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Five Qualities Every Good Auditor Should Possess

SchellmanLife | Compliance | Auditors

If you ever went to college, you might remember how you considered where you wanted to go. The academic distinction, the on-campus facilities, their post-degree outlook—you wanted the best of the best education if you were going to pay a premium for the experience.

Audit firms are the same—they’re expensive to engage, and so organizations want to ensure they select the right one for them just like students choosing schools. But universities aren’t just their prestigious name, brick, and mortar—what really makes them up is the people.

Beneath the veneer of any organization—audit firms included—are the individuals that, in their own ways, contribute to the overall success of the institution. We may all be small cogs in a larger machine, but that doesn’t mean it’s not important to still distinguish yourself among the rest of the moving parts.

When a business first engages an audit firm, of course, they’ll first investigate the reputation and experience, services offered, etc. But what will really matter in the end is the individual auditors that deliver thorough solutions and provide a smooth experience.

In this, technical skills are paramount, as you likely know—certifications and the like. But at Schellman, we also prioritize soft skills among our people because it makes every difference to our clients.

What do we mean when we say “soft skills?” In this article, we’ll tell you. You’ll learn what else makes a truly great auditor and how to separate yourself from others. In cultivating these less heralded aptitudes, you’ll round yourself into a truly “good” auditor, setting yourself up for future success.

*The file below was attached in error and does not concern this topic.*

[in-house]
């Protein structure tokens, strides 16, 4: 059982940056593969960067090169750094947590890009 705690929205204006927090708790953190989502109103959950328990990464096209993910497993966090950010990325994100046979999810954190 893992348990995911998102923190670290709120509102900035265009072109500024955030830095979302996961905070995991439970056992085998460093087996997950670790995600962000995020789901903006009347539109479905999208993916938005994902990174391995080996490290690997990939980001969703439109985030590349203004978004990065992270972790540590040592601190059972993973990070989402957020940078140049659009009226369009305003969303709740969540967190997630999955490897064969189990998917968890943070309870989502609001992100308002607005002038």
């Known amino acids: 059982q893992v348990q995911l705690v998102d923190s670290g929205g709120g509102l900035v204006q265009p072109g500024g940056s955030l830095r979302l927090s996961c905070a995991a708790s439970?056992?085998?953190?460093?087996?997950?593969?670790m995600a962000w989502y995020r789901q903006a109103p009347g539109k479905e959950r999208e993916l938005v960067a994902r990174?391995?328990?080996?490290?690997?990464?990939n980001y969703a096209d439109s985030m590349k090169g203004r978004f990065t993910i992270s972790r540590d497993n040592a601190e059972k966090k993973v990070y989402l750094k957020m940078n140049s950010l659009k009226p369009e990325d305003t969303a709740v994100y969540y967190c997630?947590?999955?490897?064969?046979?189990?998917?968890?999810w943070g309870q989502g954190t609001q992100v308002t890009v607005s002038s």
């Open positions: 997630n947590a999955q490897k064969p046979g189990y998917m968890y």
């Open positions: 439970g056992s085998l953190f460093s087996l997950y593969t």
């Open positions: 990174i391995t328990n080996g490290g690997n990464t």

1. Good Auditors are Consistent.

 

Let’s start with the basics of professionalism: these may seem obvious, but you need to be reliable, prepared, and on time for meetings. 

More than that though, constant communication is crucial. A good auditor regularly provides feedback on progress, the overall status, and the results of the audit. You should also respond to any inquiries raised throughout and make yourself available to discuss any concerns as they arise. 

All that helps build trust between you and the client—when people understand that they can rely on you to help them work through this difficult process, it eases some of the familiar friction audits connotate (especially year over year as audits recur). 

But you aren’t the only thing that needs to stay consistent—your methodology should too. While each assessment should be tailored to the specific goals of the client, following a baseline, systematic process for each audit—including the planning, understanding, and kickoff stages, testing, gathering, and reporting—also helps, both in setting expectations and achieving higher efficiency for everyone involved.

2. Good Auditors are Great Listeners.

 

An enormous part of this job is collecting important information from clients—“collecting” being the key word there. 

During walkthroughs and meetings, a good auditor only asks questions or requests clarifying responses 20% of the time, letting the client describe processes and respond to inquiries the other 80% of the time. 

As long as we’re talking percentages, you should be listening 100% of the time during an audit. At the same time, you should also document context and information about processes and controls accordingly so that any clarifying back-and-forth you have with the client is minimal. 

Understand that an organization would rather be doing anything else than enduring an audit—be respectful and take advantage of the time they give you by gleaning all the information you can. 

3. Good Auditors Have Empathy.

That’s a perfect segue into our next point. As we said, even a routine audit can be a distraction to someone’s normal business operations, and our work can also spark many feelings among client personnel, including anxiety, frustration, or confusion.